UKSA Funds Rolls-Royce’s Lunar Nuclear Reactor 

Image: Rolls Royce

The UK Space Agency has awarded Rolls-Royce £2.9M ($3.5M) to continue development of a lunar nuclear reactor. Under the contract, UKSA and Rolls-Royce are aiming to get a demo model on the Moon’s surface by 2029. The agency previously funded a £249,000 (~$305,000) study last year. 

The micro-reactor program

A bet on nuclear energy is seen as a way to wean future crews and robotic systems off of solar energy. 

  • Rolls-Royce’s micro-reactor program is investigating how nuclear power could one day serve as a long-term energy source for a permanent moon base. 
  • The engine manufacturer is working with Oxford, Bangor, Sheffield, and Brighton universities to help it field a demonstration model by 2029. 

The research zeroes in on three key areas: 

  1. Generating heat/the fuel used to generate heat 
  2. The method transferring that heat 
  3. Technology that can convert the heat into usable energy (AKA electricity)

Ensuring the micro-reactor will be ready to operate in an unforgiving lunar environment is also a focus area. 

What are micro-reactors? 

Modular micro-reactors are 100X to 1,000X smaller than conventional reactors. The relatively small and lightweight systems can provide continuous power despite location, available sunlight, and other environmental factors. Micro-reactors can likely generate enough energy to power communications, life support, and experiments.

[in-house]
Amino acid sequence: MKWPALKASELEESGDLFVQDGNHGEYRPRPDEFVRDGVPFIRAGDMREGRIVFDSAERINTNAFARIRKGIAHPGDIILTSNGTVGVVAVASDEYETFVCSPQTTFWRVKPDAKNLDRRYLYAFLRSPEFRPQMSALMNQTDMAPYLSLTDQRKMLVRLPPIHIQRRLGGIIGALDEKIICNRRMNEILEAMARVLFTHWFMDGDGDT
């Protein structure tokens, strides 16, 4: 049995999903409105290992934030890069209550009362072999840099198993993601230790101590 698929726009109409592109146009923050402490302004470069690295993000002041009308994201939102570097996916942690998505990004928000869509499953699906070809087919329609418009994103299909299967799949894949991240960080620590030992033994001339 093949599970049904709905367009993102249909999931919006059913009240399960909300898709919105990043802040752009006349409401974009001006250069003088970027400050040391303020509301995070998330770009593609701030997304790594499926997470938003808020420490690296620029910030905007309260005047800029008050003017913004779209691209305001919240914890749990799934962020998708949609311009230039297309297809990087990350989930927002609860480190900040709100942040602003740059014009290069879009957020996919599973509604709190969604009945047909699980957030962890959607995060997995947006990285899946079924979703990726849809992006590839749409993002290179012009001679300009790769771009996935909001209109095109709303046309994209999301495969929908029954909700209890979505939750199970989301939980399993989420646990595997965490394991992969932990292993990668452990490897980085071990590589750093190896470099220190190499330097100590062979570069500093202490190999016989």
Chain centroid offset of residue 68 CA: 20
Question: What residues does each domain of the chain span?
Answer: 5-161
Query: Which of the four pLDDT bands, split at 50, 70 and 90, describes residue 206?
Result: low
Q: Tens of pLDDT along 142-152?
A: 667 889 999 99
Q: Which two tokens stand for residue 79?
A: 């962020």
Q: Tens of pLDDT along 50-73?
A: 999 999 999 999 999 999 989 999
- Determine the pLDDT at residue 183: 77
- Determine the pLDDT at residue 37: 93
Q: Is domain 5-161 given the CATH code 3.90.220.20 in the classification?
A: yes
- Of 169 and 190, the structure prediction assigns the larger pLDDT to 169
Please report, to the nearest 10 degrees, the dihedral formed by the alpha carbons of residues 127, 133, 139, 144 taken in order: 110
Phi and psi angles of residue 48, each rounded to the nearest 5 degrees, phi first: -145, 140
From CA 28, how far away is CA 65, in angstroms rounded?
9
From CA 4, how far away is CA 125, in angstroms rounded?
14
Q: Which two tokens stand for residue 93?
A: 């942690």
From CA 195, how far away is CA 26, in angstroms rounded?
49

Rolls-Royce’s nuclear efforts 

  • Apart from space-focused nuclear research, Rolls-Royce is also building up to 16 small modular reactors (SMRs) to provide low cost clean energy in the UK. 
  • It previously sold two of its nuclear businesses in 2019 and 2021, and has provided nuclear submarines for the UK Ministry of Defence through a subsidiary. 

The world’s second largest aircraft engine manufacturer is no stranger to nuclear energy. 

Other nuclear moon projects 

Last summer, NASA and the DOE funded three projects to develop a fission surface power system by 2030 with the ultimate goal of supporting the Artemis program. In addition, NASA and DARPA will spend hundreds of millions to test a nuclear fission-powered thermal propulsion system on a spacecraft before the decade is out. 

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